A deal has been struck between Local Focus Radio and Initiative Media for 2009 Home Depot annuals. The agency, like many others representing large accounts, are requesting and negotiating deep discounts over last year. Local Focus was chosen to service the 150 non-repped, un-rated and/or rural radio requests. This, as part of a national offer to rep firms from Home Depot/Initiative.
From what we’ve heard, the 35% rate decrease request—driven by Initiative (currently under review with Home Depot-see related story in AdBiz)—is based on similarly lower wired/network rates (see email correspondence, below). If you want to keep the spot business, you have to be competitive with wired rates, simple as that, and that is what Initiative expected.
This is the business environment that we’re in. Local Focus is taking the request to market, so it will be up to the stations to decide if they want to play. No stations are being forced to take the discount. Remember, Home Depot isn’t a huge account anymore for spot, but is for wired. So stations may just balk.
Says Initiative Media Director for Atlanta and NYC Joe Cerone: “The radio markets are extremely negotiable right now. We’re actually surprised what we’re seeing, how bad it is. I think that goes for television as well.”
While Initiative did not leak the news to RBR/TVBR, they had to decline further comment because they cannot discuss negotiations on behalf of their clients.
Local Focus has serviced the Initiative/Home Depot business on the West Coast for years now. On the East Coast, Regional Reps was in there as well. A few weeks ago Local Focus/Focus360 met with Initiative to add the East Coast and unrated markets. The request was granted.
We received a Local Focus Radio rep’s email to client stations mentioning the offer. As far as forecasted activity for 09, the agency has suggested that the same markets and weeks will be active. Overall budget is down, but activity is consistent to what was experienced in 08. Some estimates will still come down as :30s only, but THD does see the value in :60s and wants both to be considered. The agency is expecting -35% rate DECREASES over last year, said the email. "You may not get bought unless you lower your rates from 2008 significantly. They are NOT calling this a ‘discount’; but an accurate appeal based on market conditions."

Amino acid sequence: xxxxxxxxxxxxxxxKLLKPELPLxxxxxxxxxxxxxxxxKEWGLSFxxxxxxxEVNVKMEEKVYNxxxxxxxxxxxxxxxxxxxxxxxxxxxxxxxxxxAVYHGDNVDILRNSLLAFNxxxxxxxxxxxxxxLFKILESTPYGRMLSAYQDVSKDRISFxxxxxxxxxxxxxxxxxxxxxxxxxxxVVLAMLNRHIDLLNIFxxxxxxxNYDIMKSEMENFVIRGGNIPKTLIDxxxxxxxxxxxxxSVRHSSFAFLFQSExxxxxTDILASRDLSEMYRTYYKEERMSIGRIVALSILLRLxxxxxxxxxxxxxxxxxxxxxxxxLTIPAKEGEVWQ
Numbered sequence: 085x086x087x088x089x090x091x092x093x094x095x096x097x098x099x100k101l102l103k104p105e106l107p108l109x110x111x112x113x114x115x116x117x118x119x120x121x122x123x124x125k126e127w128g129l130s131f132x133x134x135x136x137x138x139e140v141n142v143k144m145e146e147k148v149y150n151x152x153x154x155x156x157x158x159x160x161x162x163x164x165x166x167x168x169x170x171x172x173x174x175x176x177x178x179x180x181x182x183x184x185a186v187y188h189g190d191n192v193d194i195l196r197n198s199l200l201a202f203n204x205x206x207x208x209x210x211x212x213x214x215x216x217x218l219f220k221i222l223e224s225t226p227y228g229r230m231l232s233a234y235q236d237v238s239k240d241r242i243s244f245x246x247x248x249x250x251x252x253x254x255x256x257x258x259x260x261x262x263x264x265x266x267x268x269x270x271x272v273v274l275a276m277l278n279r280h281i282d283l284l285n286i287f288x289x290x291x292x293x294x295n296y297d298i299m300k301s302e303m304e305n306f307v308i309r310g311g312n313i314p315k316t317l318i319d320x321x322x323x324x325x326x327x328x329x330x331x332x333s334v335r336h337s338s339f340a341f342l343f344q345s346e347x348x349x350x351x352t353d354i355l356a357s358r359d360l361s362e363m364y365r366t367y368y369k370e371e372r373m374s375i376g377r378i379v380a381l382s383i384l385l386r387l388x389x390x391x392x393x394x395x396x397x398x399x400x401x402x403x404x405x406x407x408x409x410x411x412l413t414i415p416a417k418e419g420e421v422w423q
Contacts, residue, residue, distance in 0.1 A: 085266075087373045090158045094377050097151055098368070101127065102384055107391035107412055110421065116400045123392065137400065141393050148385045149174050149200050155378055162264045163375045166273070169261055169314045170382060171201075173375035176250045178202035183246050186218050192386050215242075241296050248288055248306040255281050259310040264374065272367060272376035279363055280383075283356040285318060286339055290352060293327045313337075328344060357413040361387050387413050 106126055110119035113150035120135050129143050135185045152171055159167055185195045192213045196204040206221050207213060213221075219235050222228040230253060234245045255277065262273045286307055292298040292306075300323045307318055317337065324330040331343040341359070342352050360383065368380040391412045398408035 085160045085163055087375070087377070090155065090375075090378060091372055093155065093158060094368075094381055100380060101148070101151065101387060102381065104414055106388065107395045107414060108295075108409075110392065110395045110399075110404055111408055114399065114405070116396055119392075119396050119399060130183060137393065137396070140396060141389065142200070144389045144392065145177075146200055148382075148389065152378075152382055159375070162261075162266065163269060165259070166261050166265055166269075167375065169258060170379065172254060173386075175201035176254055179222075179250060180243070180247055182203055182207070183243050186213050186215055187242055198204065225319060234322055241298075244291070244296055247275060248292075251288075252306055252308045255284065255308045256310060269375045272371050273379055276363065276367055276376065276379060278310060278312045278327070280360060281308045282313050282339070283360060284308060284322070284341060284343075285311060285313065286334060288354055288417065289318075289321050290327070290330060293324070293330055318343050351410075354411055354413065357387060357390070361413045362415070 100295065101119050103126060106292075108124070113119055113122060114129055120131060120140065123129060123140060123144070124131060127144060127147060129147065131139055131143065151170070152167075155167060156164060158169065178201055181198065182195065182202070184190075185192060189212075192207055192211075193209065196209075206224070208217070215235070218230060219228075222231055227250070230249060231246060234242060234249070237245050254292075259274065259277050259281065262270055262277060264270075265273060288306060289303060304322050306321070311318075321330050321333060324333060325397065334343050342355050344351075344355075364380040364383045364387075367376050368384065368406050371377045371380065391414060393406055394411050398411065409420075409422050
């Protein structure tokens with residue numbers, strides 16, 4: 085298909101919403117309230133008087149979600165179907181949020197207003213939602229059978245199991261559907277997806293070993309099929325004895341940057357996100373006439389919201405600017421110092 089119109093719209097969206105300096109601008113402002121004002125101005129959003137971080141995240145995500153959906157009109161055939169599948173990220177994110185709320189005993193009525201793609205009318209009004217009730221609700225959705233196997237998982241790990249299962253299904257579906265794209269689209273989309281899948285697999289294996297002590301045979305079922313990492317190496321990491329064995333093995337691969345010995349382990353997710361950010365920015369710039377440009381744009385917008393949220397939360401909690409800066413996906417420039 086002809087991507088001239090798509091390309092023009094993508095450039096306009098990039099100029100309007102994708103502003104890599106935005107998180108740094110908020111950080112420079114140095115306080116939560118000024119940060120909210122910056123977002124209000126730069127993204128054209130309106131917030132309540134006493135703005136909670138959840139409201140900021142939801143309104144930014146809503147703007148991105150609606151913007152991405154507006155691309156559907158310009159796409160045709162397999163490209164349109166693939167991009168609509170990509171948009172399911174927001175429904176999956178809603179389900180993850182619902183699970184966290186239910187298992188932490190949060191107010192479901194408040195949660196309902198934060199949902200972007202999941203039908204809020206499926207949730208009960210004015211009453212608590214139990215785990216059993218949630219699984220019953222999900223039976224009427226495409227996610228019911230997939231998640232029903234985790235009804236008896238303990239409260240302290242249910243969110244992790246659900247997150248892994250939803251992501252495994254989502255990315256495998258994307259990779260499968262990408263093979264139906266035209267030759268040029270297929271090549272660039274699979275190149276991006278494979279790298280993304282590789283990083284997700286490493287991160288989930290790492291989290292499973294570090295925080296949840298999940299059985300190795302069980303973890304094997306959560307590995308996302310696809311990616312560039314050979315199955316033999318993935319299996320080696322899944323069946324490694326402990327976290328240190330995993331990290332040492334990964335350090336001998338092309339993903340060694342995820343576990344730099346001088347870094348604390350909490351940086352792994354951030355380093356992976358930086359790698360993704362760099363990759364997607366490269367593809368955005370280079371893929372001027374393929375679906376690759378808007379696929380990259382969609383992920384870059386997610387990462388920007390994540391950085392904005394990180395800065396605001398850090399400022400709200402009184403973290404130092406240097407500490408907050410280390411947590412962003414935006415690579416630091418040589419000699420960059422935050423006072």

RBR/TVBR observation: Certainly, in this stressed economy, a lot of media are discounting to get the buck. Of course, each station has the right to take the business or not. Simultaneously, RBR has heard these type of stories are out there. Are people taking this kind of business on a widespread basis or not? If so is it a dangerous trend? Maybe it just depends on what kind of inventory each station has available.
Bottom line, it’s good that Home Depot and Initiative came to the industry with this offer—it means they still believe in the medium. But for radio, make sure you are pricing your inventory correctly, because if you drop your rate too many times, you won’t ever get it back.
The only way we’re going to be able to bring up the national spot dollar is stations have to build more asset value besides just their analog system. They have to incorporate and engage into the internet as well. Radio has to get that old media connotation off of their head. To revitalize the medium, people are going to have to utilize all assets to their advantage—establish solid local websites to where they utilize the analog signal to drive a lot of traffic to their website for more content. More programming content is needed, beyond the on-air signal. More and more listeners are getting radio from the internet and internet devices. There is no harm in driving them to all of your internet properties and programs if you have advertisers supporting it. New ideas from the entire staff—and the entire staff should participate on the web portal of the station.